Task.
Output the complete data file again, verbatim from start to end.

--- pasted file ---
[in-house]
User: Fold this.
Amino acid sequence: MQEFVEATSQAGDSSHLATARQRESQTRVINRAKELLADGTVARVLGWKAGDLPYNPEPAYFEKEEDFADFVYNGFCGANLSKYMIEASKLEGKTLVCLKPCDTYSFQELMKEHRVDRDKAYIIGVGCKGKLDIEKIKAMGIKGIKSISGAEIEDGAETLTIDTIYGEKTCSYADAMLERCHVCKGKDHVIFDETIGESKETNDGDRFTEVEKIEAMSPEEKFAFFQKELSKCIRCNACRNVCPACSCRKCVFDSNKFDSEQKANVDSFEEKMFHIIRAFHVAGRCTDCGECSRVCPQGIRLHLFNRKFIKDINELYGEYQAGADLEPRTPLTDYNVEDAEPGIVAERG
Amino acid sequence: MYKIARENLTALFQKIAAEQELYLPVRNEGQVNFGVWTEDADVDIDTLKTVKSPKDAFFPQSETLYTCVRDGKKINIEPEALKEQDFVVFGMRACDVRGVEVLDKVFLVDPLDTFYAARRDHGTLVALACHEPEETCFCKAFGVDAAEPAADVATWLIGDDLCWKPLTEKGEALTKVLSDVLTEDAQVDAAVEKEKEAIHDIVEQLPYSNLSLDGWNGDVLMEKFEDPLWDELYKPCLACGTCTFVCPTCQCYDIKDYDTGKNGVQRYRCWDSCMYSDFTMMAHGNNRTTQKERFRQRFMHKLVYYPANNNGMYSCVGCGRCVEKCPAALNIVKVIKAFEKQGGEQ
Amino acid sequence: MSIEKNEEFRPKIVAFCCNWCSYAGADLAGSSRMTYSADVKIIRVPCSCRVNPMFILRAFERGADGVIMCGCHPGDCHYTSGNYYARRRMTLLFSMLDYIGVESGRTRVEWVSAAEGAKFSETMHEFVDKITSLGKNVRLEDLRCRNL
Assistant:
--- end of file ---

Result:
[in-house]
User: Fold this.
Amino acid sequence: MQEFVEATSQAGDSSHLATARQRESQTRVINRAKELLADGTVARVLGWKAGDLPYNPEPAYFEKEEDFADFVYNGFCGANLSKYMIEASKLEGKTLVCLKPCDTYSFQELMKEHRVDRDKAYIIGVGCKGKLDIEKIKAMGIKGIKSISGAEIEDGAETLTIDTIYGEKTCSYADAMLERCHVCKGKDHVIFDETIGESKETNDGDRFTEVEKIEAMSPEEKFAFFQKELSKCIRCNACRNVCPACSCRKCVFDSNKFDSEQKANVDSFEEKMFHIIRAFHVAGRCTDCGECSRVCPQGIRLHLFNRKFIKDINELYGEYQAGADLEPRTPLTDYNVEDAEPGIVAERG
Amino acid sequence: MYKIARENLTALFQKIAAEQELYLPVRNEGQVNFGVWTEDADVDIDTLKTVKSPKDAFFPQSETLYTCVRDGKKINIEPEALKEQDFVVFGMRACDVRGVEVLDKVFLVDPLDTFYAARRDHGTLVALACHEPEETCFCKAFGVDAAEPAADVATWLIGDDLCWKPLTEKGEALTKVLSDVLTEDAQVDAAVEKEKEAIHDIVEQLPYSNLSLDGWNGDVLMEKFEDPLWDELYKPCLACGTCTFVCPTCQCYDIKDYDTGKNGVQRYRCWDSCMYSDFTMMAHGNNRTTQKERFRQRFMHKLVYYPANNNGMYSCVGCGRCVEKCPAALNIVKVIKAFEKQGGEQ
Amino acid sequence: MSIEKNEEFRPKIVAFCCNWCSYAGADLAGSSRMTYSADVKIIRVPCSCRVNPMFILRAFERGADGVIMCGCHPGDCHYTSGNYYARRRMTLLFSMLDYIGVESGRTRVEWVSAAEGAKFSETMHEFVDKITSLGKNVRLEDLRCRNL
Assistant: